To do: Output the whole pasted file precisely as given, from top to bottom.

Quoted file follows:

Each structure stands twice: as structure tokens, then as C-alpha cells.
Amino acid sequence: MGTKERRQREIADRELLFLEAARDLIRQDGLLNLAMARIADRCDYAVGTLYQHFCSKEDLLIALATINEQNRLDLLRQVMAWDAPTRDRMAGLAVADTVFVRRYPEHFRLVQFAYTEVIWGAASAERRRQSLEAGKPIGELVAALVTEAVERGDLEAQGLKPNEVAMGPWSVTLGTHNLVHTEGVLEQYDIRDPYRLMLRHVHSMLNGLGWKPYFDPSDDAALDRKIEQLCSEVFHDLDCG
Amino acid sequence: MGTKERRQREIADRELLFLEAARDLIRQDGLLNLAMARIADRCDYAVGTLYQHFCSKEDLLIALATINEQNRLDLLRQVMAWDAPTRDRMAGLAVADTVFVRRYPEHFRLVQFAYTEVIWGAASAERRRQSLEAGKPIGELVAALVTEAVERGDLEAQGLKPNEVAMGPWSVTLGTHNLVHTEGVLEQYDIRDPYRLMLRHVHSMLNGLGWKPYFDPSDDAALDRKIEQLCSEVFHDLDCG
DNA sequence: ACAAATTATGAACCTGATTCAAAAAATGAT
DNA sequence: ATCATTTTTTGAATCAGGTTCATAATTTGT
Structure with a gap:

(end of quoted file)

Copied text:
Each structure stands twice: as structure tokens, then as C-alpha cells.
Amino acid sequence: MGTKERRQREIADRELLFLEAARDLIRQDGLLNLAMARIADRCDYAVGTLYQHFCSKEDLLIALATINEQNRLDLLRQVMAWDAPTRDRMAGLAVADTVFVRRYPEHFRLVQFAYTEVIWGAASAERRRQSLEAGKPIGELVAALVTEAVERGDLEAQGLKPNEVAMGPWSVTLGTHNLVHTEGVLEQYDIRDPYRLMLRHVHSMLNGLGWKPYFDPSDDAALDRKIEQLCSEVFHDLDCG
Amino acid sequence: MGTKERRQREIADRELLFLEAARDLIRQDGLLNLAMARIADRCDYAVGTLYQHFCSKEDLLIALATINEQNRLDLLRQVMAWDAPTRDRMAGLAVADTVFVRRYPEHFRLVQFAYTEVIWGAASAERRRQSLEAGKPIGELVAALVTEAVERGDLEAQGLKPNEVAMGPWSVTLGTHNLVHTEGVLEQYDIRDPYRLMLRHVHSMLNGLGWKPYFDPSDDAALDRKIEQLCSEVFHDLDCG
DNA sequence: ACAAATTATGAACCTGATTCAAAAAATGAT
DNA sequence: ATCATTTTTTGAATCAGGTTCATAATTTGT
Structure with a gap: